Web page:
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The strategic importance of Wake Island | KTVA-TV Inside the Gates

April 21, 2020

The three islands of Wake Atoll: Wake, Wilkes & Peale (Courtesy of DVIDS)

Wake Island is part of a coral atoll deep in the western Pacific Ocean, and may be the oldest and northernmost living atoll in the world.

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(From the KTVA page by Scott Gross)
Located more than 3,500 miles from Joint Base Elmendorf–Richardson and more than 2,200 miles away from Honolulu, Hawaii, the island supports Missile Defense Agency test activities and serves as a trans-Pacific refueling stop for military aircraft, convenient because of its location, says natural resource program manager for the 611th Civil Engineer Squadron (CES) Dillon Paul Brown.

“Wake is very significant because of its cultural history,” Brown said. “It was one of the first areas attacked during World War II, and so it’s a national historic landmark.”

Brown is one of two natural resource managers with the 611th CES. He and Joel Helm have worked to ensure the airmen on the island are protected from seabirds.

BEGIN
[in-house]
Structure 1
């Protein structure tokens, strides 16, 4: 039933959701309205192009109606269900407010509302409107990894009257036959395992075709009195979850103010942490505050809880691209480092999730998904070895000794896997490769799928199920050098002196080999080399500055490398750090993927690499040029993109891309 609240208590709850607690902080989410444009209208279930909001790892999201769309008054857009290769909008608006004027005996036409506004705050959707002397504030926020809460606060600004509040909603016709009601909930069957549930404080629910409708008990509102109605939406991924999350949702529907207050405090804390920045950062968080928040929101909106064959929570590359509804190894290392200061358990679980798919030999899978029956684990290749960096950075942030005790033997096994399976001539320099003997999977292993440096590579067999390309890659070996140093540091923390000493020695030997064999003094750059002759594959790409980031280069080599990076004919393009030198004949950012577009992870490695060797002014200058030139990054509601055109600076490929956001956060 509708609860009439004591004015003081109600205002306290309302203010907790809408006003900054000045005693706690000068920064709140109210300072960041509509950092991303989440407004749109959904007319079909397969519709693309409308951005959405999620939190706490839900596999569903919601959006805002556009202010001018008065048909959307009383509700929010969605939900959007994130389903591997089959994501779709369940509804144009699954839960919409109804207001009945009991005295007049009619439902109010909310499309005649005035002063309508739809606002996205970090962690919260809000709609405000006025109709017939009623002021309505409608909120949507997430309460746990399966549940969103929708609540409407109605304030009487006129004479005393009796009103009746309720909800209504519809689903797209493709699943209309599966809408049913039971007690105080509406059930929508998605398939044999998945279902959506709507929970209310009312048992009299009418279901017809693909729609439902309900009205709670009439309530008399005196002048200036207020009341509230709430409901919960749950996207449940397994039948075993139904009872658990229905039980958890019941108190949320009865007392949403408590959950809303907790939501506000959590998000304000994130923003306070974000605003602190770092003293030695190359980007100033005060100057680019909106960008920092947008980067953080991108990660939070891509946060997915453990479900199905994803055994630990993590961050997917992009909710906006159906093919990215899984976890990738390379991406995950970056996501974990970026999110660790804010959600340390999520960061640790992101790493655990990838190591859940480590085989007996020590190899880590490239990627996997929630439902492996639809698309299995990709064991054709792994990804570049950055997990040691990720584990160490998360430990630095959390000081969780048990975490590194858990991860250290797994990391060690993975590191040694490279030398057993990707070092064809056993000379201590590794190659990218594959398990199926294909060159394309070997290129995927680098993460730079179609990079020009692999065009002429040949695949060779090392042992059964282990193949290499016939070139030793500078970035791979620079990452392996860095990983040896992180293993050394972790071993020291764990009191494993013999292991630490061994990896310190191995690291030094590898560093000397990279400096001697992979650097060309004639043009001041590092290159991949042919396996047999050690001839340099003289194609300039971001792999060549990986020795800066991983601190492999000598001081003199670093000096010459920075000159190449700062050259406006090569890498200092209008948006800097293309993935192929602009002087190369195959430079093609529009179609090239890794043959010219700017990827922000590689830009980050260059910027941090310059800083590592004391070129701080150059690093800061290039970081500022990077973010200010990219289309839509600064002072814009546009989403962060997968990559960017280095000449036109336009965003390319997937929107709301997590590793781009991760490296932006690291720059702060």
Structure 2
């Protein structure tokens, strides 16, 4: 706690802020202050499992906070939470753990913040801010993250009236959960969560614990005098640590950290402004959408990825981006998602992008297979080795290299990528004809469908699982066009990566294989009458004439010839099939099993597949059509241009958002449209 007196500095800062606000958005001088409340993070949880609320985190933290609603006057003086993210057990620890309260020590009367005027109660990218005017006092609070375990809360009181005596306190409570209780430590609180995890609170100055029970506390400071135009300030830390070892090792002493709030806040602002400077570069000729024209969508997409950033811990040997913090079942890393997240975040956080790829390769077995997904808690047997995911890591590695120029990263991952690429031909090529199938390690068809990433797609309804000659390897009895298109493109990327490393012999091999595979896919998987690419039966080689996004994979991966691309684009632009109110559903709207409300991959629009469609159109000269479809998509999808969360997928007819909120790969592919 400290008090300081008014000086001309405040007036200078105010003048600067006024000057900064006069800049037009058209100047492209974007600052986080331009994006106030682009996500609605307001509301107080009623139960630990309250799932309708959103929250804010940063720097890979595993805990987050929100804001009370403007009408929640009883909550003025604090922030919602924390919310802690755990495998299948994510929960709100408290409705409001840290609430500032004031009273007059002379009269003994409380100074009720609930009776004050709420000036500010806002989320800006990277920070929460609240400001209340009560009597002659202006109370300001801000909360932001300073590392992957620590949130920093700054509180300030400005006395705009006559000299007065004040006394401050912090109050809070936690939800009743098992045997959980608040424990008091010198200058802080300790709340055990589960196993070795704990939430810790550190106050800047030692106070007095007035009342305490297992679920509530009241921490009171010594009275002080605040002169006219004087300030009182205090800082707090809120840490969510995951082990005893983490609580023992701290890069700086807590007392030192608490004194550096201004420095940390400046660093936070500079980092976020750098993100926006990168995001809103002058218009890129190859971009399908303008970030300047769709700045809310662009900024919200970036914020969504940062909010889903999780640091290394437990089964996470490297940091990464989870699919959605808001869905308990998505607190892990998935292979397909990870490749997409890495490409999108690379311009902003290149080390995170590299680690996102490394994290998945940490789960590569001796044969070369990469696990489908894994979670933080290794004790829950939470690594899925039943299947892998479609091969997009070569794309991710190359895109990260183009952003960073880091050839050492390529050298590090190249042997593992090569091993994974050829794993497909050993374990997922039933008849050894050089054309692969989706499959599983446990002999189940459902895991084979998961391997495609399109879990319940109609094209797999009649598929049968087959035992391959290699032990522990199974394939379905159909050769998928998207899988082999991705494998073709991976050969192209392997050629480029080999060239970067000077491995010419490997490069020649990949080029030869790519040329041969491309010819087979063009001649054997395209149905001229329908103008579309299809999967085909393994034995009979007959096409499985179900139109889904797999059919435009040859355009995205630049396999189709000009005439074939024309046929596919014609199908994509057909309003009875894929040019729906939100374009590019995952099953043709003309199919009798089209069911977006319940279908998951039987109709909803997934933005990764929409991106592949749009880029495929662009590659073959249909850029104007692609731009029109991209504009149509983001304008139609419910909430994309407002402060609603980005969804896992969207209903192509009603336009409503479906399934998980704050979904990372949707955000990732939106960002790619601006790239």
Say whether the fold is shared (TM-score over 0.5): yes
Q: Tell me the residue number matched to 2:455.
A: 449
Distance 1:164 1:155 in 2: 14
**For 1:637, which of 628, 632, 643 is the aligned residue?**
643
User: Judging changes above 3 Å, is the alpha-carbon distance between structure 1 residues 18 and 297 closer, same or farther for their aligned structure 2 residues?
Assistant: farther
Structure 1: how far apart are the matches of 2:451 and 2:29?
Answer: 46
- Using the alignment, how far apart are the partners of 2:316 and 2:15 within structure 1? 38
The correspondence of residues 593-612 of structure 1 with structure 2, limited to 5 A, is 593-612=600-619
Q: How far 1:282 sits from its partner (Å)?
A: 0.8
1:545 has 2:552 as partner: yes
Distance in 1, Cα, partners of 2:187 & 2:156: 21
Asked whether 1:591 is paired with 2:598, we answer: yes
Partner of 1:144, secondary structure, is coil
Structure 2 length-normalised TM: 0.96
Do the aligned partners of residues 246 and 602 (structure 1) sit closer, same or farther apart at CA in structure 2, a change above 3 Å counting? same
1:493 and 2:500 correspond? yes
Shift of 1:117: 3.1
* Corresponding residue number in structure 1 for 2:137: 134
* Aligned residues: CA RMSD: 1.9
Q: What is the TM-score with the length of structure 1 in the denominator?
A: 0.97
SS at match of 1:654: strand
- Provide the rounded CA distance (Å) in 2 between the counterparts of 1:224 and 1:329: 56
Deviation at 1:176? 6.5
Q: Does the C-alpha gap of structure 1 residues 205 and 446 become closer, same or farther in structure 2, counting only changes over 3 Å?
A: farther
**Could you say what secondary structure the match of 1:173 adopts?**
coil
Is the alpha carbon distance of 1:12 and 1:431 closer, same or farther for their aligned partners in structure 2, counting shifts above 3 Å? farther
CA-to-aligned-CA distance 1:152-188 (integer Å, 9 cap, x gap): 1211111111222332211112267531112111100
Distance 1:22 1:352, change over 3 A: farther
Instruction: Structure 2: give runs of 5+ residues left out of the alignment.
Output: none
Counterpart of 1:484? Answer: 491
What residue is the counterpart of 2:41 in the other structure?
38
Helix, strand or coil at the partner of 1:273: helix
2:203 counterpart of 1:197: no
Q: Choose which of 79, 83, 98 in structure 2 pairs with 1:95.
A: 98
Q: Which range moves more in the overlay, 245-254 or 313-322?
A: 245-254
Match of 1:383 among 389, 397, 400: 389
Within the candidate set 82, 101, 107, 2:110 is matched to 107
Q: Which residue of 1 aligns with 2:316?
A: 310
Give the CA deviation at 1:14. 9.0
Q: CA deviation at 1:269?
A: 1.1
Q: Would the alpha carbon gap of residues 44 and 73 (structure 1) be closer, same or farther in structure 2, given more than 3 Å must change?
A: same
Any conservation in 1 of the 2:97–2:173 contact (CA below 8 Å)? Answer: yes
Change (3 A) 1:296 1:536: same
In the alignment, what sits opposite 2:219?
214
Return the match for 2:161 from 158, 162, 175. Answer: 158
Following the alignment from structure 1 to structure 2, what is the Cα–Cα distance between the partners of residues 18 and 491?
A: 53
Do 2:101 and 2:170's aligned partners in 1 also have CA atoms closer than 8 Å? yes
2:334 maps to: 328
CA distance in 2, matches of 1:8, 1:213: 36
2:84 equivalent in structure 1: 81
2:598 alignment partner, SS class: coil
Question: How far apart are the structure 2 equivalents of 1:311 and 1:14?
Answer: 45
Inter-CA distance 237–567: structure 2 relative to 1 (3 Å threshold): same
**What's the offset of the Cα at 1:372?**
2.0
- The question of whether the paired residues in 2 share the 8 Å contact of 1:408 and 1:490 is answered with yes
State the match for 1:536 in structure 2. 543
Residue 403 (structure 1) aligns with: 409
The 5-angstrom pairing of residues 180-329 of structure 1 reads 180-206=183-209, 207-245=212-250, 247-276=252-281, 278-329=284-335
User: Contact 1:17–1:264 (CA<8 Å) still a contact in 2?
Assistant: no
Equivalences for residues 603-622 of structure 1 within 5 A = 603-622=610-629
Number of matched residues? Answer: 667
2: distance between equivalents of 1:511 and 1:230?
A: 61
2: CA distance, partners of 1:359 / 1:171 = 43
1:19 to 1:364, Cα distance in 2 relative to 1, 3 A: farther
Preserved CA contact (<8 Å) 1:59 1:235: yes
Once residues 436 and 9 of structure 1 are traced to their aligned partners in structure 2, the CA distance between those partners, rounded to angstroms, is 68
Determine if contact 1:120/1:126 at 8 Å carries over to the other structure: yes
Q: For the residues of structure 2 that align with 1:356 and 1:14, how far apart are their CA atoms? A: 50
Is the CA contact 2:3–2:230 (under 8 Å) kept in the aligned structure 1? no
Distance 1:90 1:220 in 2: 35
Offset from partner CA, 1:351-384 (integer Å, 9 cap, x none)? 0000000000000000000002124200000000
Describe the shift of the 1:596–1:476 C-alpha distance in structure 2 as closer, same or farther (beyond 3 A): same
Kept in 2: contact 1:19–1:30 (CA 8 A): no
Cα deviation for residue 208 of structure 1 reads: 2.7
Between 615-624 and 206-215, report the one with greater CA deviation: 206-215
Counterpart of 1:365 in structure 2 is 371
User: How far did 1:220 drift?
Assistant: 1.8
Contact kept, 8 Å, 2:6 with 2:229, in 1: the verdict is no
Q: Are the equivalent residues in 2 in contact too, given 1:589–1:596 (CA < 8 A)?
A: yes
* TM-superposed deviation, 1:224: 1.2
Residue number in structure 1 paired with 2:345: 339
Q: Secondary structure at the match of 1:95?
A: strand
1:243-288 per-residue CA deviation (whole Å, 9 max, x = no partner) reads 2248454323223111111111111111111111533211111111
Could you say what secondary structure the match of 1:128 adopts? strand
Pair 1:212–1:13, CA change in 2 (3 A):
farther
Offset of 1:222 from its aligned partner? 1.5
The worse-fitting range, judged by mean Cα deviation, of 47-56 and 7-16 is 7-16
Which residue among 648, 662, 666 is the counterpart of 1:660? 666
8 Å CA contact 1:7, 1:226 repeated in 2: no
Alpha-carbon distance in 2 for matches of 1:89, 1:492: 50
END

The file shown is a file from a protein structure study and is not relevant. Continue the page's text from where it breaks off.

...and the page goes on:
“There are no nearby islands, so we have colonial nesting seabird species, at different times of the year at Wake will congregate in large masses,” Helm said. “Not just hundreds but thousands.”

For an island in the middle of the Pacific, the Wake atoll has a respectable birdlist:

  • U.S. Fish & Wildlife service lists 31 species
  • Avibase lists 52 species, of which twelve are rare/accidental, one is introduced, and one is endemic.

The endemic bird is the flightless Wake Island Rail, previously resident on Wake and Wilkes (but not Peale) Islands, but has not been seen since 1944 and classified extinct. Here’s a selection of articles about this small bird and the island, both victims of World War II.

  • Wikipedia – Flightless & fearless, nine inches long with a four-inch wingspan
  • Scientific American – Memorializing the Wake Island Rail: An Extinction Caused by War
  • BioOne Complete – The Extinct Wake Island Rail Gallirallus wakensis: A Comprehensive Species Account Based on Museum Specimens and Archival Records. Paper abstract, behind a subscription paywall
  • A cut-off Japanese garrison wiped out this endangered bird by Harold C. Hutchison. Brief story of the U.S. Marines and the Japanese troops. The stranded and starving Japanese ate all the rails.
  • Field Guide to Extinct Birds: Lovely artwork, brief description, a work of art with many pictured birds, rather than a traditional field guide, by Sarah Nicholls

Wake Island Rail by Sarah Nicholls


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